May 8, 2018 -
In custody and divorce matters, it is common for attorneys to advise clients to keep detailed notes and/or diaries of conversations that may be relevant to their case. These notes and diaries are useful to review prior to a hearing or other court appearance as a way to refresh a client’s memory about the specifics of significant conversations between the client and ex-spouse or ex-partner. Of course, your notes and diary entries may not capture the emotion of the conversations, and it can often be difficult to convey through testimony the disrespectful tone or attitude of indifference expressed by the other party. I have been asked: Would it not be easier to simply record conversations with an ex-spouse or ex-partner, with the intent of introducing the recordings as evidence in custody or divorce litigation? My response: Proceed with caution.
The Pennsylvania Wiretapping and Electronic Surveillance Act (Wiretap Act) creates civil and criminal penalties for anyone who “intentionally intercepts, endeavors to intercept, or procures any other person to intercept or endeavor to intercept any wire, electronic or oral communication[.]” There are also penalties for anyone who “intentionally discloses or endeavors to disclose to any other person the contents of any wire, electronic or oral communication, or evidence derived therefrom, knowing or having reason to know that the information was obtained through the interception of a wire, electronic or oral communication[.]”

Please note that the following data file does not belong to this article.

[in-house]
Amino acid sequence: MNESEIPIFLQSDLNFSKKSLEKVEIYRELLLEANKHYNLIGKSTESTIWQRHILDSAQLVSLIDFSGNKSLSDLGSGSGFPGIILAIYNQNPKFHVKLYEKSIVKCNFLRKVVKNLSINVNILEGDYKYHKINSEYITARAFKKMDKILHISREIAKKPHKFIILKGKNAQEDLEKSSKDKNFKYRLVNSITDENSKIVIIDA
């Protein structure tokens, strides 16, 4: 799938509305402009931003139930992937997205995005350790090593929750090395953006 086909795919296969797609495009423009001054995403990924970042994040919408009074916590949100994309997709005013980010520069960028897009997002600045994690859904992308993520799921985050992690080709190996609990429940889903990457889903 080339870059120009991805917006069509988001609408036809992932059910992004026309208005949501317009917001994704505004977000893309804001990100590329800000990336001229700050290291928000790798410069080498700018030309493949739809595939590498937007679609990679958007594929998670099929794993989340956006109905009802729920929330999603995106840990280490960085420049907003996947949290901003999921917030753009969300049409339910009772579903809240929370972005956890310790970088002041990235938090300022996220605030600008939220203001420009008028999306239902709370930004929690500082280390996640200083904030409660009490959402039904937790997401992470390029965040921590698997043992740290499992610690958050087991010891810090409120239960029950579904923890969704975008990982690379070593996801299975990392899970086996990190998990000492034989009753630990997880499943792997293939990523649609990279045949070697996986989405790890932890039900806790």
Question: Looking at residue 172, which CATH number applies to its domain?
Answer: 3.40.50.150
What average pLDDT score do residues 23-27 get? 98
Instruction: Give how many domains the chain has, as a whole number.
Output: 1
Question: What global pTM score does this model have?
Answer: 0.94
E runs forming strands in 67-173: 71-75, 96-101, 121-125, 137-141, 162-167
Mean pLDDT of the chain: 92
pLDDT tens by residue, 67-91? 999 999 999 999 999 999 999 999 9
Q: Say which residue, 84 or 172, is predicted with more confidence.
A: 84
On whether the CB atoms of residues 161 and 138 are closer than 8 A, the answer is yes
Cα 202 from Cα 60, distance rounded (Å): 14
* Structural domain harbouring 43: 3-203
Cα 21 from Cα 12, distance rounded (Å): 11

In general terms, this means that you place yourself at risk for civil and criminal penalties if you make an audio recording of your ex-spouse or ex-partner (or anyone else) when that person had a reasonable expectation of privacy at the time of your conversation and when that person does not have knowledge and does not consent to the recording. In many circumstances, the recording of cell phone conversations and the recording of conversations in the home will violate the PA Wiretap Act when the audio recordings are done without the other person’s consent. It would also be a violation of the Pennsylvania Wiretap Act to then disclose those recordings to third parties and/or the Court during custody and divorce hearings.
It is important to remember that the presentation of testimony and evidence in custody and divorce matters can be complex. It is also important to be sure that you gather evidence and prepare for litigation in an appropriate manner. If you have questions regarding custody or divorce matters, or if you have questions about the Pennsylvania Wiretap Act, please contact us at 717.299.7342 to speak with one of our attorneys. Our Firm handles both domestic and criminal matters and we have attorneys that handle each area of the law.
~Jeffrey C. Murse, Esquire